Small Business Bankruptcy: Many Are Like “Joe the Plumber”

06 Dec Small Business Bankruptcy: Many Are Like “Joe the Plumber”

The election is over, and Joe the Plumber isn’t on the forefront anymore. He became the symbol of people everywhere who wanted to own their own business and become rich doing it. The ultimate “American Dream“.

Because of my 20+ years experience as a bankruptcy lawyer in Charlotte NC, I think that I may have listened to Joe the Plumber’s story in a very different manner than many others do. I cringed listening to him say he worried about how to pay taxes on a business he doesn’t even own and has no money saved up to buy or operate.

I have seen many people over the years file for bankruptcy because they opened a business without realizing what they getting into, or having the financial means to do so successfully.

The problem with many “Joe the Plumbers” is not that they dream big, but they don’t have the tools or knowledge to make those dreams come true. As a small business owner, I understand the benefits and the struggles that small business owners experience. As a bankruptcy attorney representing small business owners, I see many failed businesses because the owners simply did not understand the basic business principals of running a business.

Under capitalization is one of the leading problems leading to the failure of many of the ‘young’ businesses I see. In simple terms, that means that the business doesn’t have enough money to cover it’s ongoing obligations. Many owners come in to see me to discuss bankruptcy just as the business starts to make good money.


Just as they started to make money?


During start up when there was no money coming in, they used borrowed money to pay the bills. A few years into it and just when the money starts coming in, they find there isn’t enough to pay the debt AND the regular, ongoing operating expenses like rent, taxes, payroll.

I see these owners come in crushed under the debts that they incurred to run the business. The profits just aren’t enough to pay for everything. Even if the business is doing well, the owner might have used loans or credit cards to pay their personal expenses during the first few years and they aren’t making enough to meet their personal needs and pay off those debts.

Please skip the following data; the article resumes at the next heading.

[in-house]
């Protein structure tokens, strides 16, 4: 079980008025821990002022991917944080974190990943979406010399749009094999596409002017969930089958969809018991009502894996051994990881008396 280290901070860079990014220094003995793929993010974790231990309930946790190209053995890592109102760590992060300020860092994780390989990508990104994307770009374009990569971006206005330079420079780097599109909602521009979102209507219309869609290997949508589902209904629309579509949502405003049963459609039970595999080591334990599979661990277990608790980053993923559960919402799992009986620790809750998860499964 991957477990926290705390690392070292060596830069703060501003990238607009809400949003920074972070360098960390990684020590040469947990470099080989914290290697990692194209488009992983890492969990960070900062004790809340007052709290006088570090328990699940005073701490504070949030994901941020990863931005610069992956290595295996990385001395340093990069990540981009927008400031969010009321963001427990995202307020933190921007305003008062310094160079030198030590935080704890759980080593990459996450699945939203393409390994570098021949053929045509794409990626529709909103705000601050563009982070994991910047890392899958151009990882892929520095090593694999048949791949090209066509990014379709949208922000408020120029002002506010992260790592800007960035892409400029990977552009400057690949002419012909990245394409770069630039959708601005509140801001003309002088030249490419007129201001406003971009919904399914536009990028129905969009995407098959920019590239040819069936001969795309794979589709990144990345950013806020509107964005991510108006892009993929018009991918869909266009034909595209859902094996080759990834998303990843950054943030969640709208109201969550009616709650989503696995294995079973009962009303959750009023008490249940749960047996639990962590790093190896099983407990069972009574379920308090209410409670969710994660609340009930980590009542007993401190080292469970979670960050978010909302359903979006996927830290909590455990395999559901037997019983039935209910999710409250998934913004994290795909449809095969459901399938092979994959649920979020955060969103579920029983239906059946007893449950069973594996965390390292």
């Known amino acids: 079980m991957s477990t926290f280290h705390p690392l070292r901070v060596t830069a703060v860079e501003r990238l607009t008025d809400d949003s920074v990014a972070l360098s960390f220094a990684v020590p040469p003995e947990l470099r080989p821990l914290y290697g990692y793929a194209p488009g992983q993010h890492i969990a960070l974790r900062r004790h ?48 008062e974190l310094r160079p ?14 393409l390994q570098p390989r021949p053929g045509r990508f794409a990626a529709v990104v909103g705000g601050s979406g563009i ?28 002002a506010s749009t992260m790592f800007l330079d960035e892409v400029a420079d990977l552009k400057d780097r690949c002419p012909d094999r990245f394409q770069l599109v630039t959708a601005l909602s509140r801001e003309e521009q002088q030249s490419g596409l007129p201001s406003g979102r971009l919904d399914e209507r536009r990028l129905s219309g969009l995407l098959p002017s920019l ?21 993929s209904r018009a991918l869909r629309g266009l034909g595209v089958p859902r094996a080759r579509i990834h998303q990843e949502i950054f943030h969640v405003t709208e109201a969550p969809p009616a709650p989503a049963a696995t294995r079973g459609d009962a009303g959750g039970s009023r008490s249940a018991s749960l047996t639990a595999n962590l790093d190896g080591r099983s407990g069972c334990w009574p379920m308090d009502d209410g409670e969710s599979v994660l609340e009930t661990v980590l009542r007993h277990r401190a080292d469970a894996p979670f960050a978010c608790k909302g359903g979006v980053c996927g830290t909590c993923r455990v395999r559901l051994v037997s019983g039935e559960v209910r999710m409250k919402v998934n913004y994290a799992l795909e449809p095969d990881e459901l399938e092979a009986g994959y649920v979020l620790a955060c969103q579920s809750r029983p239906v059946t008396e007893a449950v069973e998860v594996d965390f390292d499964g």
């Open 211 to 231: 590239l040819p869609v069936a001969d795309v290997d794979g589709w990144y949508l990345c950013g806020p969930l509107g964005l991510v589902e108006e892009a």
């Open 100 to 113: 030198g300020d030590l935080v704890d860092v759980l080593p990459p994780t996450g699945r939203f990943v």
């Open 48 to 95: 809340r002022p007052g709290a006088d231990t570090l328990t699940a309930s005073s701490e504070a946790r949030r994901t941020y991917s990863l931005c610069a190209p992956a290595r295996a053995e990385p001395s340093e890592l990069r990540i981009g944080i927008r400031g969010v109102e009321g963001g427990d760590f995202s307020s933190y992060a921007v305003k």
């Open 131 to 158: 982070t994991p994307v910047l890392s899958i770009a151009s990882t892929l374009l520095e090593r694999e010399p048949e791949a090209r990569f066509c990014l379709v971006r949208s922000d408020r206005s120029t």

Many have to file personal bankruptcy. The lucky ones are able to file bankruptcy without losing everything that they have worked for. Sometimes we are able to save the business and eliminate, restructure or lower the debts.

A good bankruptcy attorney can advise you about what is at risk, and what your best option is to protect yourself and your business.

The real Joe is actually Samuel Joseph “Joe the Plumber” Wurzelbacher, a man in Toledo Ohio who worries about higher taxes he may have to pay in the future on the profits from a business that he doesn’t own, but hopes to buy.

He is not a business owner, but wants to be.

He isn’t making near the $250,000 per year mark that he is worried will cause his taxes to be higher.

He isn’t even a licensed plumber.

Now don’t get me wrong – Joe seems like an average, good guy with a terrific goal to improve his life and build something for himself and his family.

But as an average guy, even if he is a great plumber, what does he know about running a business?

Being a great plumber doesn’tguaranteethat you can be a great business owner.

In reality, while it certainly helps to be good at what the business does, a business probably has more chance ofsucceedingif the owner knows nothing about plumbing but has a business degree and a lot of savings to pay for the business and his own living expenses until the business is established.

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Concentrating in Consumer Bankruptcy Law since 1988; Wake Forest Law School JD 1987 Law Office of Susanne M. Robicsek since 1993, Law Clerk to Judge Rufus Reynolds, US Bankruptcy Judge for Middle District of NC; Burns Price & Arneke, PA, David Badger and Associates, PA.

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